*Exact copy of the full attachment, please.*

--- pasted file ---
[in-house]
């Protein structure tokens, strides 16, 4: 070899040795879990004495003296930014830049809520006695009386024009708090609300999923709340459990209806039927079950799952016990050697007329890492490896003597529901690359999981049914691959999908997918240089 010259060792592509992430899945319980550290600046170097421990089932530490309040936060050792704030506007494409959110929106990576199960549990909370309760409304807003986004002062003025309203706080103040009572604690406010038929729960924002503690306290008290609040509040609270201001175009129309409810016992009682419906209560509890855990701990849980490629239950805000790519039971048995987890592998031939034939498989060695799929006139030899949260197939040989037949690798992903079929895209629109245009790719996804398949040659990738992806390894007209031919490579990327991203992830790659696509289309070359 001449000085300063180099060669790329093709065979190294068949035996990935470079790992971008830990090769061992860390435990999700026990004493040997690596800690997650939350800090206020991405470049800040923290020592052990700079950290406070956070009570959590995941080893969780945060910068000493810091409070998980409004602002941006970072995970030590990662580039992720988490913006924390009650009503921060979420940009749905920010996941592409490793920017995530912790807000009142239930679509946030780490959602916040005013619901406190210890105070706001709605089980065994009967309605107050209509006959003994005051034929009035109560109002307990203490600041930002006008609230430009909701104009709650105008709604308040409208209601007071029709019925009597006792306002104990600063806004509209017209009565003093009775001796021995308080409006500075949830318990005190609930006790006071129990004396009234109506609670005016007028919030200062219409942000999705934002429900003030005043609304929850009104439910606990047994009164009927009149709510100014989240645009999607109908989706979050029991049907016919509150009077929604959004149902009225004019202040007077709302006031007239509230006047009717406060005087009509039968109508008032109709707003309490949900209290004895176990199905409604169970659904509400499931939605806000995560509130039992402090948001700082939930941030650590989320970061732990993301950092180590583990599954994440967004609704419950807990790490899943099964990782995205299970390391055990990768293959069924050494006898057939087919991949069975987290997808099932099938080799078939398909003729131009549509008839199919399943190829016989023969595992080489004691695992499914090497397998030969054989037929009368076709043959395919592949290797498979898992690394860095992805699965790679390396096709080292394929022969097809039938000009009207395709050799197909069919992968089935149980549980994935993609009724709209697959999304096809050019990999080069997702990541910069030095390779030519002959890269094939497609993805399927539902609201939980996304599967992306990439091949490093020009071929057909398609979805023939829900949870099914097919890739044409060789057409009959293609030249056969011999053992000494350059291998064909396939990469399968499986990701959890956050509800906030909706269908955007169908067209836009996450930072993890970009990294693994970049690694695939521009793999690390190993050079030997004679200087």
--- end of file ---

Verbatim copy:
[in-house]
């Protein structure tokens, strides 16, 4: 070899040795879990004495003296930014830049809520006695009386024009708090609300999923709340459990209806039927079950799952016990050697007329890492490896003597529901690359999981049914691959999908997918240089 010259060792592509992430899945319980550290600046170097421990089932530490309040936060050792704030506007494409959110929106990576199960549990909370309760409304807003986004002062003025309203706080103040009572604690406010038929729960924002503690306290008290609040509040609270201001175009129309409810016992009682419906209560509890855990701990849980490629239950805000790519039971048995987890592998031939034939498989060695799929006139030899949260197939040989037949690798992903079929895209629109245009790719996804398949040659990738992806390894007209031919490579990327991203992830790659696509289309070359 001449000085300063180099060669790329093709065979190294068949035996990935470079790992971008830990090769061992860390435990999700026990004493040997690596800690997650939350800090206020991405470049800040923290020592052990700079950290406070956070009570959590995941080893969780945060910068000493810091409070998980409004602002941006970072995970030590990662580039992720988490913006924390009650009503921060979420940009749905920010996941592409490793920017995530912790807000009142239930679509946030780490959602916040005013619901406190210890105070706001709605089980065994009967309605107050209509006959003994005051034929009035109560109002307990203490600041930002006008609230430009909701104009709650105008709604308040409208209601007071029709019925009597006792306002104990600063806004509209017209009565003093009775001796021995308080409006500075949830318990005190609930006790006071129990004396009234109506609670005016007028919030200062219409942000999705934002429900003030005043609304929850009104439910606990047994009164009927009149709510100014989240645009999607109908989706979050029991049907016919509150009077929604959004149902009225004019202040007077709302006031007239509230006047009717406060005087009509039968109508008032109709707003309490949900209290004895176990199905409604169970659904509400499931939605806000995560509130039992402090948001700082939930941030650590989320970061732990993301950092180590583990599954994440967004609704419950807990790490899943099964990782995205299970390391055990990768293959069924050494006898057939087919991949069975987290997808099932099938080799078939398909003729131009549509008839199919399943190829016989023969595992080489004691695992499914090497397998030969054989037929009368076709043959395919592949290797498979898992690394860095992805699965790679390396096709080292394929022969097809039938000009009207395709050799197909069919992968089935149980549980994935993609009724709209697959999304096809050019990999080069997702990541910069030095390779030519002959890269094939497609993805399927539902609201939980996304599967992306990439091949490093020009071929057909398609979805023939829900949870099914097919890739044409060789057409009959293609030249056969011999053992000494350059291998064909396939990469399968499986990701959890956050509800906030909706269908955007169908067209836009996450930072993890970009990294693994970049690694695939521009793999690390190993050079030997004679200087």